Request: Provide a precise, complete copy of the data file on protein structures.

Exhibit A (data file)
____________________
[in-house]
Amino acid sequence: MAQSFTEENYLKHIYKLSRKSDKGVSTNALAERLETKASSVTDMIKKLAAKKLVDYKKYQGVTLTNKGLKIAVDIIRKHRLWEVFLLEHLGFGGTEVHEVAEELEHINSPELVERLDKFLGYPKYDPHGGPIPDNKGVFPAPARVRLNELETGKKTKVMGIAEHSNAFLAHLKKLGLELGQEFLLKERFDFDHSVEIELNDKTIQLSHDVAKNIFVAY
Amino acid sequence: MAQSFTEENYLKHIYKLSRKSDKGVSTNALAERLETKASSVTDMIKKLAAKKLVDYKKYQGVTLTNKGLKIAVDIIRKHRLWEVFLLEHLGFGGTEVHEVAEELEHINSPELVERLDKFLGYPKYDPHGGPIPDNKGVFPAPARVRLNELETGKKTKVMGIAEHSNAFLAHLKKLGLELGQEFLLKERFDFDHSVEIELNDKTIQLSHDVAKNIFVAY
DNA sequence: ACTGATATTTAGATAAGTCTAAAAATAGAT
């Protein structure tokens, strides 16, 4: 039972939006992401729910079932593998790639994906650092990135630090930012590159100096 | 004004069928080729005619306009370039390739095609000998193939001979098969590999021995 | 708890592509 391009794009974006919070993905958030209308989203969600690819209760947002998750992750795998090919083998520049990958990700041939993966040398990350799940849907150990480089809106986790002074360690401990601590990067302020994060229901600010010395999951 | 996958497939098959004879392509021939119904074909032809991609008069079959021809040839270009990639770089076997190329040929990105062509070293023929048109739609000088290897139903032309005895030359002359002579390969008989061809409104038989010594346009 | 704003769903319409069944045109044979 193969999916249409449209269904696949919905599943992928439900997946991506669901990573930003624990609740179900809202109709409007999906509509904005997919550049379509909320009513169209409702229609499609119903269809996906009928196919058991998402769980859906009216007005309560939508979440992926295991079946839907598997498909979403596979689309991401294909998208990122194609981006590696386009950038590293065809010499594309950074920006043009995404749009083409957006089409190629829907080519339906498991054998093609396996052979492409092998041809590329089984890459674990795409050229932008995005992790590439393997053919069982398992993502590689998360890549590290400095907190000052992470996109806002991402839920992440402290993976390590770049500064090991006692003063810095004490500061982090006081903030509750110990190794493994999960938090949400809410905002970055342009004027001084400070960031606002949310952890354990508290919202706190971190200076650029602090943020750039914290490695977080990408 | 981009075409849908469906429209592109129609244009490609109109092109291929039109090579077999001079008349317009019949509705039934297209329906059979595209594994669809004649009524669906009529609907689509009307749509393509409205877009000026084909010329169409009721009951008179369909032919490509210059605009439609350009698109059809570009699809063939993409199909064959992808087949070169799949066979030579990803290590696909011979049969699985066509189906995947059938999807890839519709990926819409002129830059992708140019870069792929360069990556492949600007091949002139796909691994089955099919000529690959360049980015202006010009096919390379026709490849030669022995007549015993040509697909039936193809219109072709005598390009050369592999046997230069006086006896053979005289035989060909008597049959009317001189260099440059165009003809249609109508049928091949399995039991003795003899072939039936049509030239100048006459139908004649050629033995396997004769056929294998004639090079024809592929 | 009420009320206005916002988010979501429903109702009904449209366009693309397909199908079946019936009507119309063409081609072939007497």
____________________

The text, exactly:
[in-house]
Amino acid sequence: MAQSFTEENYLKHIYKLSRKSDKGVSTNALAERLETKASSVTDMIKKLAAKKLVDYKKYQGVTLTNKGLKIAVDIIRKHRLWEVFLLEHLGFGGTEVHEVAEELEHINSPELVERLDKFLGYPKYDPHGGPIPDNKGVFPAPARVRLNELETGKKTKVMGIAEHSNAFLAHLKKLGLELGQEFLLKERFDFDHSVEIELNDKTIQLSHDVAKNIFVAY
Amino acid sequence: MAQSFTEENYLKHIYKLSRKSDKGVSTNALAERLETKASSVTDMIKKLAAKKLVDYKKYQGVTLTNKGLKIAVDIIRKHRLWEVFLLEHLGFGGTEVHEVAEELEHINSPELVERLDKFLGYPKYDPHGGPIPDNKGVFPAPARVRLNELETGKKTKVMGIAEHSNAFLAHLKKLGLELGQEFLLKERFDFDHSVEIELNDKTIQLSHDVAKNIFVAY
DNA sequence: ACTGATATTTAGATAAGTCTAAAAATAGAT
């Protein structure tokens, strides 16, 4: 039972939006992401729910079932593998790639994906650092990135630090930012590159100096 | 004004069928080729005619306009370039390739095609000998193939001979098969590999021995 | 708890592509 391009794009974006919070993905958030209308989203969600690819209760947002998750992750795998090919083998520049990958990700041939993966040398990350799940849907150990480089809106986790002074360690401990601590990067302020994060229901600010010395999951 | 996958497939098959004879392509021939119904074909032809991609008069079959021809040839270009990639770089076997190329040929990105062509070293023929048109739609000088290897139903032309005895030359002359002579390969008989061809409104038989010594346009 | 704003769903319409069944045109044979 193969999916249409449209269904696949919905599943992928439900997946991506669901990573930003624990609740179900809202109709409007999906509509904005997919550049379509909320009513169209409702229609499609119903269809996906009928196919058991998402769980859906009216007005309560939508979440992926295991079946839907598997498909979403596979689309991401294909998208990122194609981006590696386009950038590293065809010499594309950074920006043009995404749009083409957006089409190629829907080519339906498991054998093609396996052979492409092998041809590329089984890459674990795409050229932008995005992790590439393997053919069982398992993502590689998360890549590290400095907190000052992470996109806002991402839920992440402290993976390590770049500064090991006692003063810095004490500061982090006081903030509750110990190794493994999960938090949400809410905002970055342009004027001084400070960031606002949310952890354990508290919202706190971190200076650029602090943020750039914290490695977080990408 | 981009075409849908469906429209592109129609244009490609109109092109291929039109090579077999001079008349317009019949509705039934297209329906059979595209594994669809004649009524669906009529609907689509009307749509393509409205877009000026084909010329169409009721009951008179369909032919490509210059605009439609350009698109059809570009699809063939993409199909064959992808087949070169799949066979030579990803290590696909011979049969699985066509189906995947059938999807890839519709990926819409002129830059992708140019870069792929360069990556492949600007091949002139796909691994089955099919000529690959360049980015202006010009096919390379026709490849030669022995007549015993040509697909039936193809219109072709005598390009050369592999046997230069006086006896053979005289035989060909008597049959009317001189260099440059165009003809249609109508049928091949399995039991003795003899072939039936049509030239100048006459139908004649050629033995396997004769056929294998004639090079024809592929 | 009420009320206005916002988010979501429903109702009904449209366009693309397909199908079946019936009507119309063409081609072939007497």